[0023] As shown in FIG. 2, the dissociation creates a boundary region downstream from the first end 20 that contains Uranium ions, Fluorine atoms and ions (F, F+) and electrons, such as electrons 44c and 44d (note: Uranium ions have been illustrated using the x symbol and selected Uranium ions have been identified with reference numerals 48a and 48b, Fluorine ions, F+, have been shown as small circles and selected Fluorine ions have been identified with reference numerals 50a-d and Fluorine gas particles, F, have been illustrated using the double circle symbol and selected Fluorine gas particles have been identified with reference numerals 52a-d). Because this boundary region is not electronegative, the discharge extends into the boundary region. More specifically, the ionization potential of U is much lower than the ionization potential of either F or Ar, and thus the degree of ionization in the boundary region will be higher than in the region containing Argon ions 42a,b. At points downstream from where the boundary region begins, electrons in the boundary region, such as electron 44d, interact with the Uranium Hexafluoride molecules such as Uranium Hexafluoride molecule 28d, in an interface layer between the central region 26 and the boundary region, to dissociate a portion of the Uranium Hexafluoride molecules, including Uranium Hexafluoride molecule 28d, via the dissociative attachment followed by charge exchange reaction described above.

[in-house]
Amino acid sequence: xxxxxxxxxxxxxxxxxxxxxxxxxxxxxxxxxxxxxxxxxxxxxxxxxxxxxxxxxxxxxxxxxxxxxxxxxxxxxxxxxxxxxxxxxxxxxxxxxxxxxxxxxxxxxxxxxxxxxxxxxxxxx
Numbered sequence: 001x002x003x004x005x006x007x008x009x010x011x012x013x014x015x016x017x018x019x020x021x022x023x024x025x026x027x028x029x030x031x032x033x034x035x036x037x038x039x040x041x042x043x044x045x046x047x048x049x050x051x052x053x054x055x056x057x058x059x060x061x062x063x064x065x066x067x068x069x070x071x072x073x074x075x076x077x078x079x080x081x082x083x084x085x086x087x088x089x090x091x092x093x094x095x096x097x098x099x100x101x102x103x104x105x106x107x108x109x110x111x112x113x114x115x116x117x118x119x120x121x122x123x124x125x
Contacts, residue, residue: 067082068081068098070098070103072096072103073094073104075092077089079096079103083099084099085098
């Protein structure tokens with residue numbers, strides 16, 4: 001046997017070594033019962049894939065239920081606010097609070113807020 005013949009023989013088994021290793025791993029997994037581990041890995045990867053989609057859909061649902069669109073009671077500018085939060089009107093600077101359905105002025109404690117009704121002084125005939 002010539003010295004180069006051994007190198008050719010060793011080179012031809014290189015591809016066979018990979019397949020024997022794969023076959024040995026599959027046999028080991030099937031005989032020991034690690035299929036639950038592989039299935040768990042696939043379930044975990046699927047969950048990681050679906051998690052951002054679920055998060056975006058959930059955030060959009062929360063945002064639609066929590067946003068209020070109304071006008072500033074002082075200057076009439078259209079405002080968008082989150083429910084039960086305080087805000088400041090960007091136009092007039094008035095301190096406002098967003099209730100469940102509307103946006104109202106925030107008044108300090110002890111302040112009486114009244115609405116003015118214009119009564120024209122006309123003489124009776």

[0024] With continued reference to FIG. 2, it can be seen that the boundary region expands in a direction downstream from the first end 20 at the expense of both the central region 26 and the region containing Argon ions 42a,b. The expansion is due in part to the depletion of Uranium Hexafluoride molecules 28a-d, and the seven fold molar increase that accompanies the dissociation. As further shown in FIG. 2, the expansion of the boundary region in a direction downstream from the first end 20 continues until all of the Uranium Hexafluoride molecules 28a-d have been dissociated. After complete dissociation, reaction products that include Uranium ions 48c, Fluorine ions 50c,d, electrons 44e, Fluorine particles 52c,d, and Argon gas particles 34e,f, exit the discharge chamber 16. Reaction products exiting the device 10 can be separated, for example to recover Fluorine gas, using a separation device (not shown) such as a Plasma Mass Filter as disclosed and claimed in U.S. Pat. No. 6,096,220, which issued on Aug. 1, 2000 to Ohkawa. U.S. Pat. No. 6,096,220 is hereby incorporated by reference.